Currently there is no release date and MPI only describes the same sort of bonus material that has been including with all of their releases of this program: "exclusive featurettes and videotaped introductions by Lucie Arnaz, Desi Arnaz Jr., guest stars and production personnel; unreleased home movies and behind-the-scenes footage; 'Let's Talk to Lucy': long-lost radio shows where Lucy interviews celebrities; bloopers, promos, commercials and other special footage."

Keep in mind, too, that this packaging may not be final and could be subject to change. Stay tuned for updates about this title when MPI makes it official.

Season's 1 through 4 are available and can be found through the Everything Lucy store. Be sure to visit an get your DVDs today!

September 13, 2011

From Jamestown, N.Y. to Hollywood: 'I Love Lucy' celebrates 60 years with exhibits across the nation

As we approach I Love Lucy’s 60th anniversary in October, loyal Lucy fans have plenty of places to celebrate, from Lucille Ball’s birthplace 100 years ago in Jamestown, N.Y., to Los Angeles, where the famed redhead became TV’s Queen of Comedy.

“She’s more than just an icon,” says Bruce Bronn, president and CEO of Unforgettable Licensing in Chicago, which represents Ball’s estate (Desilu, too), and CBS, which owns I Love Lucy. “She’s a symbol of America.”

Bronn works directly with CBS and Desilu, too as their agent and must give permission every time you see an image of Ball and her first husband and TV co-star, Cuban bandleader Desi Arnaz. With CBS and Desilu, too, he signs off on all officially sanctioned public events, and this year there are plenty.

Let’s start our Lucy tour in Jamestown, located about eight hours by car north of New York City. The official Lucille Ball-Desi Arnaz Center opened here in 1996, seven years after Ball died at age 77. The museum and its nearby Desilu Playhouse are treasure troves of Lucy memorabilia. Visitors can view video clips, walk through replicas of I Love Lucy sets and see original costumes from the classic sitcom, which originally ran from Oct. 15, 1951 to May 6, 1957.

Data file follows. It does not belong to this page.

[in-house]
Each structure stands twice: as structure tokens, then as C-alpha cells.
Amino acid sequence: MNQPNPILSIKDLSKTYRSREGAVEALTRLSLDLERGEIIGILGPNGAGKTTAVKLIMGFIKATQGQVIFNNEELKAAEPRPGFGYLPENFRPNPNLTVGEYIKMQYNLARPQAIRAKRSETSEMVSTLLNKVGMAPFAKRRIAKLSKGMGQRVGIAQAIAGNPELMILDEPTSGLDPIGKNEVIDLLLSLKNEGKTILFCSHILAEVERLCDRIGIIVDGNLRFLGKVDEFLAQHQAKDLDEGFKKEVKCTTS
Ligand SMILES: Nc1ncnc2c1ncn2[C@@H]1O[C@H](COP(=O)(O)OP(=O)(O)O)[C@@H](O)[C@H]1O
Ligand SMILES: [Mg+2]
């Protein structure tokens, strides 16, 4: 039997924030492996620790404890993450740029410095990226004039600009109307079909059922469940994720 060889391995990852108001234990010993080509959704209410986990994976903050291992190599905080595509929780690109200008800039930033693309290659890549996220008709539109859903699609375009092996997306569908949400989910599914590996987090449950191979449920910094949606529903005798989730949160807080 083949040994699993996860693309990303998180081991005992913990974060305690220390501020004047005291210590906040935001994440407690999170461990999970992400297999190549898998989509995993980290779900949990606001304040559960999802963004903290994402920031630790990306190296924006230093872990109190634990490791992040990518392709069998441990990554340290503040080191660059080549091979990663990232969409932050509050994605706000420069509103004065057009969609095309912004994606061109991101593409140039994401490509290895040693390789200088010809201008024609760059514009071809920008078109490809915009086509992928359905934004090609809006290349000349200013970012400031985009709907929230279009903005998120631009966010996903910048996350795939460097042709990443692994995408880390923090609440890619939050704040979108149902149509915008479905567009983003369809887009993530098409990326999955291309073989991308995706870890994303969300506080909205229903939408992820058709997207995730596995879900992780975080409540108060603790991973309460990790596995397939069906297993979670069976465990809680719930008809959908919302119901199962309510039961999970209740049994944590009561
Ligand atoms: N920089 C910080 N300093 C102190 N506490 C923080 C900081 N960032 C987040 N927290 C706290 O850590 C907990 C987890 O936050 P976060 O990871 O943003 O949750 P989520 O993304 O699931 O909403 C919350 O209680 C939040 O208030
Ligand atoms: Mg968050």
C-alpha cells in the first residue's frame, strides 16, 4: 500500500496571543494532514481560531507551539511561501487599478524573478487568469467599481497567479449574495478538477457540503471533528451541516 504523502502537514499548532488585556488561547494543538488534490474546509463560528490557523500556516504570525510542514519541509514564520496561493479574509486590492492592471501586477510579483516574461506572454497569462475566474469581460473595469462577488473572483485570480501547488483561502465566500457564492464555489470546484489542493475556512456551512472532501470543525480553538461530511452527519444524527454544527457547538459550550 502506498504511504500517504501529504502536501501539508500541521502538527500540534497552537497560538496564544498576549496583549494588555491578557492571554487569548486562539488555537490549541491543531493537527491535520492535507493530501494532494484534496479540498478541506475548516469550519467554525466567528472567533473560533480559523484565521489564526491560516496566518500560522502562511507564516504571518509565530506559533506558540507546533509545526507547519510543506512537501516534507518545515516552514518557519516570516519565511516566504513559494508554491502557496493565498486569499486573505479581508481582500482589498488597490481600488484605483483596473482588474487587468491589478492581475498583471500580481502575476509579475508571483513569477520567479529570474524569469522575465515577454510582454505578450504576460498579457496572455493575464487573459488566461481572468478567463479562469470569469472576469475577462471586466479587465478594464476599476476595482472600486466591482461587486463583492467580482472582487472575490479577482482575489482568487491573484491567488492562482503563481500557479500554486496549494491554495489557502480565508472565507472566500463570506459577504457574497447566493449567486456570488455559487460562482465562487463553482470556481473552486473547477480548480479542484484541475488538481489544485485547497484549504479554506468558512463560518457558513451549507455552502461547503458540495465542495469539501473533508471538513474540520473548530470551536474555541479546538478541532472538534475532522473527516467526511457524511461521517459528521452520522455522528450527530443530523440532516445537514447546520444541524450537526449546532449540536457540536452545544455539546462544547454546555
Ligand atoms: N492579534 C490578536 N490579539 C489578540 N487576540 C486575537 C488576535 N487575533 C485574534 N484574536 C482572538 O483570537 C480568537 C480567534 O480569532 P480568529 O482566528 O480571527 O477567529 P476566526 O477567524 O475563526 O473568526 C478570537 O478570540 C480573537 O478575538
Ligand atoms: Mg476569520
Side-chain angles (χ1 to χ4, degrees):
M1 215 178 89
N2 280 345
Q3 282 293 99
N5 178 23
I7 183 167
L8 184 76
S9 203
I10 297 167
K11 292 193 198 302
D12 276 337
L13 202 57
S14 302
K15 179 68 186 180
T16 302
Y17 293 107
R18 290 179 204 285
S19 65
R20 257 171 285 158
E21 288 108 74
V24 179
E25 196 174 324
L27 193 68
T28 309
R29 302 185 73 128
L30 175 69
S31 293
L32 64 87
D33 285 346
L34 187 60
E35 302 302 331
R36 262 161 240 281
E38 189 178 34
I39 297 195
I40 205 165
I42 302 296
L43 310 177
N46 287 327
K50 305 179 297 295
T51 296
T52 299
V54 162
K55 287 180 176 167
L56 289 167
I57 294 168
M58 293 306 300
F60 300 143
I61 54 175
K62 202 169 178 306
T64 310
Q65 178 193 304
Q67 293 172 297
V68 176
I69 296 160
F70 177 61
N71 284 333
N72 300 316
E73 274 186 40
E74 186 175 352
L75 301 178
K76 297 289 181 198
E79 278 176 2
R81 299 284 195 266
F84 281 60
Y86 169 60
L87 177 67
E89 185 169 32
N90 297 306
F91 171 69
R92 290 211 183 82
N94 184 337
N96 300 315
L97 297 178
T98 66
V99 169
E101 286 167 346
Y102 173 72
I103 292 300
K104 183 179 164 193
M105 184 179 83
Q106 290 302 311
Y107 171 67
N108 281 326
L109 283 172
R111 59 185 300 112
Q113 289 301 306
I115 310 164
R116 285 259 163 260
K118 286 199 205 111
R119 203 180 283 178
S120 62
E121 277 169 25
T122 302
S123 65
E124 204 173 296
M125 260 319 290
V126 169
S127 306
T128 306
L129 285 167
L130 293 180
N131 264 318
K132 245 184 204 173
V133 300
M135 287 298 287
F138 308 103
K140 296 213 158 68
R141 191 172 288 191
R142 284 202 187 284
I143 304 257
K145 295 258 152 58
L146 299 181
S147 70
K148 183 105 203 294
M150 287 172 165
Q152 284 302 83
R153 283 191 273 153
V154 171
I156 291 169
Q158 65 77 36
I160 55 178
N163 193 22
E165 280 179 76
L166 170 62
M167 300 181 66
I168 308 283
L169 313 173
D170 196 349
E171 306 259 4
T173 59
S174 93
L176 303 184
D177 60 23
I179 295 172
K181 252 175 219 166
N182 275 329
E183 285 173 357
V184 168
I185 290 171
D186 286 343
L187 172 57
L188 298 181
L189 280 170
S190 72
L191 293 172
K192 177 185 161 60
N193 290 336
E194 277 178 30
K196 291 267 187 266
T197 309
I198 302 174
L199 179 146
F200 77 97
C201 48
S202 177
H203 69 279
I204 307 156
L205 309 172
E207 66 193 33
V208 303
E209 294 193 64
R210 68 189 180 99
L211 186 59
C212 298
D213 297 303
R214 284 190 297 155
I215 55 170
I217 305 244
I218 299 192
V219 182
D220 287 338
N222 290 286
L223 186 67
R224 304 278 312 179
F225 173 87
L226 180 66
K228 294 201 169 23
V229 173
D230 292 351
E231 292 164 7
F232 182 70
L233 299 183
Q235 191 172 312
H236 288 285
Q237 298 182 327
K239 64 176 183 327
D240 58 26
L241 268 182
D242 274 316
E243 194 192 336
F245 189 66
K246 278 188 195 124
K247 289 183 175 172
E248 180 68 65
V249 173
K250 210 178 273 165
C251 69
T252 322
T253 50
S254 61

“We have the professor’s ... cello costume donated by Pepito, the Cuban clown who appeared in the [I Love Lucy] pilot,” said Susan Ewing, a staff writer at the center.
Among her favorite displays: Ball’s gold 1972 Mercedes donated to the museum by Laurence Luckinbill, actor and husband of Lucie Arnaz, Ball’s daughter. “It has her monogram, LBM, on the driver’s side door,” Ewing said. (Ball married comedian Gary Morton in 1961, after she and Arnaz divorced in 1960.)

Fans can reenact classic Lucy bits on the set replicas, Ewing says.

“People can do the ‘Vitameatavegamin’ commercial right there in the playhouse. That’s a pretty popular feature of the playhouse. Everybody wants to be Lucy,” she says. “We’ve done grape stomping. One year we did a competition to see how many snails people could eat at one time.”